Category Archives: Health
Soooo…guess what? I forgot my camera at work today. I didn’t have many food pictures to begin with – but I always like including my yummiest eats in my posts! Ah well, you will just have to wait until tomorrow to see the awesome breakfast I had (I know, you’re holding your breath, aren’t you :P)
Anyways I do have a lil’ somethin’ I want to discuss tonight. It’s called interval training. Namely, cardio intervals.
I love interval training. Especially in the wintertime when I’m stuck on boring gym equipment. I especially love doing something people fondly refer to as HIIT – high intensity interval training. This is doing what I like to call “sprints” or just a burst of high intensity cardio, followed by a period of recovery, and repeated several times. Because it’s high intensity, it shouldn’t be drawn out for too long.So it’s a perfect way to get sweaty and breathless in a short period of time. You can do it on things like treadmills, ellipticals, rowing machines, stair machines, stationary bikes, or basically any machine you can get your hands (or feet) on.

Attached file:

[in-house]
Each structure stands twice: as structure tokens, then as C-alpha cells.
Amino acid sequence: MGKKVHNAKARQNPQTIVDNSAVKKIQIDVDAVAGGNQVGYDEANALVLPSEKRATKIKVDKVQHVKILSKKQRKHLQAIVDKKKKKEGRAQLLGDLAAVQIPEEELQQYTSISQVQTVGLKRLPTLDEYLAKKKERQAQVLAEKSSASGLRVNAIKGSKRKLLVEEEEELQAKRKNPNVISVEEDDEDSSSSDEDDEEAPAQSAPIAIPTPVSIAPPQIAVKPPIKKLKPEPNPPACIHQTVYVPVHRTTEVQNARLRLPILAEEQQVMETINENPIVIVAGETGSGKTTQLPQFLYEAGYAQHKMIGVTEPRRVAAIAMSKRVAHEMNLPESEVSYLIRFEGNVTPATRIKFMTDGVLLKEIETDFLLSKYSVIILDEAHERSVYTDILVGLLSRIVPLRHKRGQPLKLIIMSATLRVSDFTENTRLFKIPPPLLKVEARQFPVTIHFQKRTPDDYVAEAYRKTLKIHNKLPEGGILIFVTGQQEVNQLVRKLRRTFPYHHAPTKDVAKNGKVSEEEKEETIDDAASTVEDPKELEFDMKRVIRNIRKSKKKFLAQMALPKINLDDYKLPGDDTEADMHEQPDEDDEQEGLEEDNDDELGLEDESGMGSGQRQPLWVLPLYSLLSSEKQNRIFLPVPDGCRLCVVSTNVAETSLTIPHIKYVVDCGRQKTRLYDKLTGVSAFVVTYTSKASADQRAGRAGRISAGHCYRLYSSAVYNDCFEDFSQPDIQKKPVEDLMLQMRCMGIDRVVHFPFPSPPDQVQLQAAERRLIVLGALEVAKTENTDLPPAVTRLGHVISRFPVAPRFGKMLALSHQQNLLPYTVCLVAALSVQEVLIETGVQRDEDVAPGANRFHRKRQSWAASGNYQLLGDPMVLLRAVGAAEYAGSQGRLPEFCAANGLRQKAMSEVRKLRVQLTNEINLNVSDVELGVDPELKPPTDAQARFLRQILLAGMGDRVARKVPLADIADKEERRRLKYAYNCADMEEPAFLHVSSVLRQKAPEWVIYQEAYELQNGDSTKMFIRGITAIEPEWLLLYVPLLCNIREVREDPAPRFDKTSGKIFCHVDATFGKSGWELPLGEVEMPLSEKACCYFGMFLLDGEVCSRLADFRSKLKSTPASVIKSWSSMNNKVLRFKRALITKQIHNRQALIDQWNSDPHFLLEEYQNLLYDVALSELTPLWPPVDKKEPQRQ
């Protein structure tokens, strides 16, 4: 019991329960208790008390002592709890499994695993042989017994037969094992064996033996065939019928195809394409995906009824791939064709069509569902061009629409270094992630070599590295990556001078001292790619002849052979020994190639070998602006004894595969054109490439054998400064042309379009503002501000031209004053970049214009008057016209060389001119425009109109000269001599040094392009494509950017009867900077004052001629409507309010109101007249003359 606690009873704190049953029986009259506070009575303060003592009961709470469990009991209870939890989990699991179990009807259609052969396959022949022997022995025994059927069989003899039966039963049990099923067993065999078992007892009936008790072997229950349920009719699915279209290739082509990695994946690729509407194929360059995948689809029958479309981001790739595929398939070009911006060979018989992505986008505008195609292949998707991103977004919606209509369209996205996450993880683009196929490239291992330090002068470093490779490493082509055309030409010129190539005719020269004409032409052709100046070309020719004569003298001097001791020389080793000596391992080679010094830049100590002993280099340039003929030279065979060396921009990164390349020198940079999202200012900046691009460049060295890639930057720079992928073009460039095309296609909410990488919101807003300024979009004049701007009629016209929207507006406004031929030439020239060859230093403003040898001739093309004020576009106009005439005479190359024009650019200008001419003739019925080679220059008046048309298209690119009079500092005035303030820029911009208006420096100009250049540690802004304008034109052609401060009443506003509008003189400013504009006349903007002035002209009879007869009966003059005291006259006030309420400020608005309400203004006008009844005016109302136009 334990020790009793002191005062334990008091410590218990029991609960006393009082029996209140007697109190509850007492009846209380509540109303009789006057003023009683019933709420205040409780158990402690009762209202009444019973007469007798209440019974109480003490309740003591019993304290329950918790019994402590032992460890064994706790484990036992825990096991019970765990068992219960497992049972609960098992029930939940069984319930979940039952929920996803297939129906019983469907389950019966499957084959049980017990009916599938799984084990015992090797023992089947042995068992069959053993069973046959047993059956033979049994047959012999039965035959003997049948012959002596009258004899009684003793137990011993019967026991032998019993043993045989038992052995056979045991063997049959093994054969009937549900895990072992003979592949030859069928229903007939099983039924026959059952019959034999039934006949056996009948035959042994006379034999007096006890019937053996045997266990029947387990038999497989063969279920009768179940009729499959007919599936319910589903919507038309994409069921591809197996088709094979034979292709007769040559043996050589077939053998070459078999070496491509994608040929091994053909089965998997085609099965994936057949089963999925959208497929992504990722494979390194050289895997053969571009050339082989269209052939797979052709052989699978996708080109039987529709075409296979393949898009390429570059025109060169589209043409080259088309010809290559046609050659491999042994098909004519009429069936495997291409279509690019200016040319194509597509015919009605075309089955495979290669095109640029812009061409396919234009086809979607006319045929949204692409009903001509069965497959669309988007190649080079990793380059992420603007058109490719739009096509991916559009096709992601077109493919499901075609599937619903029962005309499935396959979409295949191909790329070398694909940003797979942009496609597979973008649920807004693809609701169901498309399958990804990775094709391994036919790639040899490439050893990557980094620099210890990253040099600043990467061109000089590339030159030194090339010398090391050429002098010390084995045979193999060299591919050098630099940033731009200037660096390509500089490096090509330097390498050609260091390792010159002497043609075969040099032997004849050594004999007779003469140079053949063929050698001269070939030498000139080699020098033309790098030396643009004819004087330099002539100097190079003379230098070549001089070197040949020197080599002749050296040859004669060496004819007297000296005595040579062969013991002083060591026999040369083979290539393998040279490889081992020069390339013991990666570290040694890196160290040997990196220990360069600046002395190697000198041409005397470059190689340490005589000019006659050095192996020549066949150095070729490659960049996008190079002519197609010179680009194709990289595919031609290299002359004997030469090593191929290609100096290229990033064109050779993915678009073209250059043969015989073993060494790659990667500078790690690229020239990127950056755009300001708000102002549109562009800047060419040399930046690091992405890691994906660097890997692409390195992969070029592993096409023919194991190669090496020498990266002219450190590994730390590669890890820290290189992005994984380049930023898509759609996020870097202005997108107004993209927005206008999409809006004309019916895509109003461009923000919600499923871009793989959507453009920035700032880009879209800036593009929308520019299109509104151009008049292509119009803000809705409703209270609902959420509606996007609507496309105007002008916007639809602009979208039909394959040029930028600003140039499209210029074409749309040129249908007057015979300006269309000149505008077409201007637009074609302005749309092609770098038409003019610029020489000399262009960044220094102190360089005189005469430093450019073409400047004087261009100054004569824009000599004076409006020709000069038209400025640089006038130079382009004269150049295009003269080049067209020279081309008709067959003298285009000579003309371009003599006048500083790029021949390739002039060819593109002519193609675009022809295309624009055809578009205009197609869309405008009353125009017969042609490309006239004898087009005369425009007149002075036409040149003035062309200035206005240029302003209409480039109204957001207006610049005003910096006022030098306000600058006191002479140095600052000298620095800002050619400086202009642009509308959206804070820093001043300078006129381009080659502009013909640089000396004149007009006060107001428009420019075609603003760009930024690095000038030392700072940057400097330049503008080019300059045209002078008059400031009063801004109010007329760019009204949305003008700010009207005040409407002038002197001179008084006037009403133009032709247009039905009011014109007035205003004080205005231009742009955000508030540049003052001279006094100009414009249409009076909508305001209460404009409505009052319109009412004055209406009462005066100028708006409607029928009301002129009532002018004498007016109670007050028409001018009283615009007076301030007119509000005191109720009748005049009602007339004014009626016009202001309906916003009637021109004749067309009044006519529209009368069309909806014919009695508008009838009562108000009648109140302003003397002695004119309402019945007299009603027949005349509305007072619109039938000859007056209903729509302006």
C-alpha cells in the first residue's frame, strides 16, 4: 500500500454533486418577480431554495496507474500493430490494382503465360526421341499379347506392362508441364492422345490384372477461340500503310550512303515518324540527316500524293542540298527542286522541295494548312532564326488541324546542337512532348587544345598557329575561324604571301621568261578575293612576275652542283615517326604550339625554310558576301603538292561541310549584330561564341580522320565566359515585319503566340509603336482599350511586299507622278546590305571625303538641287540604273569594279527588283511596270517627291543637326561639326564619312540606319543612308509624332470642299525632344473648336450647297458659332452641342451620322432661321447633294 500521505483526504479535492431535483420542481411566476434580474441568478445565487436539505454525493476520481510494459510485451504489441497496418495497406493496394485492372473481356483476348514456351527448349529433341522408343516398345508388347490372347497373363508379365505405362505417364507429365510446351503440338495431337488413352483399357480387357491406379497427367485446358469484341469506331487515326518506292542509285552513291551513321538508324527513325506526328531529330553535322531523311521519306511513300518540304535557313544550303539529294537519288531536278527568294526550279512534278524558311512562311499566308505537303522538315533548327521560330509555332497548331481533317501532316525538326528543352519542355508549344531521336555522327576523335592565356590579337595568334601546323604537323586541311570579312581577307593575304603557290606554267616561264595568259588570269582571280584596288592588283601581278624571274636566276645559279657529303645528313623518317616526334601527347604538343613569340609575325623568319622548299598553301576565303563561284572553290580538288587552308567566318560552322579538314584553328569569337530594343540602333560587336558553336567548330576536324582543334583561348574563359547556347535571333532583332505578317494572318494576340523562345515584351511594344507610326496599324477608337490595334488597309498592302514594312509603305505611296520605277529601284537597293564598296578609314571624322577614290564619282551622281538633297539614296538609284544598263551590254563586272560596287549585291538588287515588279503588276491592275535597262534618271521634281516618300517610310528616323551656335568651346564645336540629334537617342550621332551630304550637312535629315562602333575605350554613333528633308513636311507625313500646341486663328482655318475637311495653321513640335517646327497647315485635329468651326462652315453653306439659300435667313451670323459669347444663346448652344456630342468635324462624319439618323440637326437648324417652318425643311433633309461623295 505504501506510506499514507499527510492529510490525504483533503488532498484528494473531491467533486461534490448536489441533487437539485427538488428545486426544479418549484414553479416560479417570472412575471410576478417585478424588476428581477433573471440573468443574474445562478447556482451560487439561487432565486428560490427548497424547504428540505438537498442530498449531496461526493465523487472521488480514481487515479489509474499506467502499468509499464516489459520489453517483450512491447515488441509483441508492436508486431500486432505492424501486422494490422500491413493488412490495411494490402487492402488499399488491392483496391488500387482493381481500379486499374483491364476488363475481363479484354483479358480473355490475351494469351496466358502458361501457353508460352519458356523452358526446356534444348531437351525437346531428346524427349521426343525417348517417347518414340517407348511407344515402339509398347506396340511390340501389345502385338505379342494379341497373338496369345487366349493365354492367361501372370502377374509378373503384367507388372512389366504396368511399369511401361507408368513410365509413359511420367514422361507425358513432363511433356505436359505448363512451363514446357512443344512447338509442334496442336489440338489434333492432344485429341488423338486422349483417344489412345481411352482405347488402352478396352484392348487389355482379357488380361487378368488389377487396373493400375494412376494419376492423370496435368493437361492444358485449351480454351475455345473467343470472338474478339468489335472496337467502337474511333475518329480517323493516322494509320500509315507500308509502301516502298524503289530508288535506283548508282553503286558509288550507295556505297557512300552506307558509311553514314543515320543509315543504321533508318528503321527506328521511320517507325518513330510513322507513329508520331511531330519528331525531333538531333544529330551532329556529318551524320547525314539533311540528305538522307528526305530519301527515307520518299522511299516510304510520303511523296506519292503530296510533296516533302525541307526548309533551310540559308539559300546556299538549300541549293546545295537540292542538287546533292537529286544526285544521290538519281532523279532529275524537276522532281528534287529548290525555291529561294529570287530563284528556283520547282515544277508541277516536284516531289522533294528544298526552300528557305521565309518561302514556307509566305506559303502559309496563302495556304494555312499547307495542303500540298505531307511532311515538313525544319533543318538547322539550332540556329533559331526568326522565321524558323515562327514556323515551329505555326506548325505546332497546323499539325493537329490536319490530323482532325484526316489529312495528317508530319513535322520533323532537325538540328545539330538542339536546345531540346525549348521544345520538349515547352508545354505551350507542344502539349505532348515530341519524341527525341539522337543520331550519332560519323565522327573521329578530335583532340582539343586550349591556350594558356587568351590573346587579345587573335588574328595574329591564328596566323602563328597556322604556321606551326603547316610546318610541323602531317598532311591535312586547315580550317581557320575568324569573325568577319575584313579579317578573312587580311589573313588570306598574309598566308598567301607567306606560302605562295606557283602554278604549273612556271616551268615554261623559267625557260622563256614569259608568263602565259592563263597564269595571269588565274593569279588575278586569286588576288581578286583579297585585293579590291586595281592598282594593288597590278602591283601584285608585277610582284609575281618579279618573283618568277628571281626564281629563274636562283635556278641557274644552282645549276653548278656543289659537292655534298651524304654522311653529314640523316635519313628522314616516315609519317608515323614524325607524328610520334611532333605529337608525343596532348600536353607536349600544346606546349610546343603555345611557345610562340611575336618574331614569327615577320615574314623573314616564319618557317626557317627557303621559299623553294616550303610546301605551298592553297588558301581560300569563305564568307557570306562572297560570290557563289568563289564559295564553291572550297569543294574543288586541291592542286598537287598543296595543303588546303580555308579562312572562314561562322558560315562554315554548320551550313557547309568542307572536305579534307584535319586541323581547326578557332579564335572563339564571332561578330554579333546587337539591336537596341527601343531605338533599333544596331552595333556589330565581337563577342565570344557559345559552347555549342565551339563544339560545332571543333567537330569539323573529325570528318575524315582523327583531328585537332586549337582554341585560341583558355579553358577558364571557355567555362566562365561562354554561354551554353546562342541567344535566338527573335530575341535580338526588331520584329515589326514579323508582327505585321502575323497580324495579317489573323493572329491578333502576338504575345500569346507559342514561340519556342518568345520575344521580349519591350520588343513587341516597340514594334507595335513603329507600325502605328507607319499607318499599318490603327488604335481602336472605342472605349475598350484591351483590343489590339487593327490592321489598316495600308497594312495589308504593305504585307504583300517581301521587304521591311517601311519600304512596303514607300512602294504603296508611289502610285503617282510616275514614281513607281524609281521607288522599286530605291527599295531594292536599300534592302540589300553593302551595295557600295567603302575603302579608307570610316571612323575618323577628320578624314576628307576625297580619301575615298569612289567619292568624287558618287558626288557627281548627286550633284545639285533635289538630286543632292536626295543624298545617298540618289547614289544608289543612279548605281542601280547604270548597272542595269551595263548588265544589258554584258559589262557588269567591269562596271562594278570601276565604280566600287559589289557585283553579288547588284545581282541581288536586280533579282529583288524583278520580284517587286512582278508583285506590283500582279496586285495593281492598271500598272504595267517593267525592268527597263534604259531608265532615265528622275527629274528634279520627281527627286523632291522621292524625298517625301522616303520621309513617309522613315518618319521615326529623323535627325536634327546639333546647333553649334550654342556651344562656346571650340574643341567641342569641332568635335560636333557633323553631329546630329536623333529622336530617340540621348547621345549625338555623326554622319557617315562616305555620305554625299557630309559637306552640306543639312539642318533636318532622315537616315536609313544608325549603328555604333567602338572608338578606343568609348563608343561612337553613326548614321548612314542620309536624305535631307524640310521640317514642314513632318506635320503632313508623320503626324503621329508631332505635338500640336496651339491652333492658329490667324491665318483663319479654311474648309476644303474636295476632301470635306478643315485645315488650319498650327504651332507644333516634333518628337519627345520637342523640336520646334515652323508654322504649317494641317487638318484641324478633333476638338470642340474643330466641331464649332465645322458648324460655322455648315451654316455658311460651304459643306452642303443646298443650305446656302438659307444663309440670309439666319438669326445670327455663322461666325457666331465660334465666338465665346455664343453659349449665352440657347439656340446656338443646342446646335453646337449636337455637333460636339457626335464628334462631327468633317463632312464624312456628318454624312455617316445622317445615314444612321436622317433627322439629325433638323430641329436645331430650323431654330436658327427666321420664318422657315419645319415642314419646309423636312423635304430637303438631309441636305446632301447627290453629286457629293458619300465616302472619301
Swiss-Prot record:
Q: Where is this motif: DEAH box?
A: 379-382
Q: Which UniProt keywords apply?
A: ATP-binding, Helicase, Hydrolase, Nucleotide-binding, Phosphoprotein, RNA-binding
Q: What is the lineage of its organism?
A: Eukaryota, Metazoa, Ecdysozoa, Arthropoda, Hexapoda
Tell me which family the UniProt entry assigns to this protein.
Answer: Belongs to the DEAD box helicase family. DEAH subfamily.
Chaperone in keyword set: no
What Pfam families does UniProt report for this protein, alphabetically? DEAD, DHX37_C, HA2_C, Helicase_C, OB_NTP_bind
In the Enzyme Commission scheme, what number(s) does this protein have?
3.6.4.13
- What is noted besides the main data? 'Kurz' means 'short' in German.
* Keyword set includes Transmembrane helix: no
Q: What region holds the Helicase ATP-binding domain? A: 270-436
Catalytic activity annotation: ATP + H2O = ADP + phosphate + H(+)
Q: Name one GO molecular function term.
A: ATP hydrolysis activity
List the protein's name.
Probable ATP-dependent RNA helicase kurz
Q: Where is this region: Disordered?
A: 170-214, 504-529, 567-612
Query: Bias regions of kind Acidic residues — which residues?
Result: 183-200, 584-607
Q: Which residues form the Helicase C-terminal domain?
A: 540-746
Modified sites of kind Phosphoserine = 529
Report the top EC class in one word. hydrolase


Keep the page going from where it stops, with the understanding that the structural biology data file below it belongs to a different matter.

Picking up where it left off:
First and foremost, you need some sort of continuous training base before attempting interval training. You should be accustomed to exertion, because well, you’re going to exert yourself!
Interval training is based on a work-to-rest ratio. What ratio this is depends on your fitness level. Some people are fine with 1:1, some require a little more rest in-between like 1:3. I personally like 1:2, particularly one minute of work followed by two minutes of rest. I don’t recommend recommend doing your high intensity intervals longer than two minutes as it’s hard for your body to provide proper fuel after that length.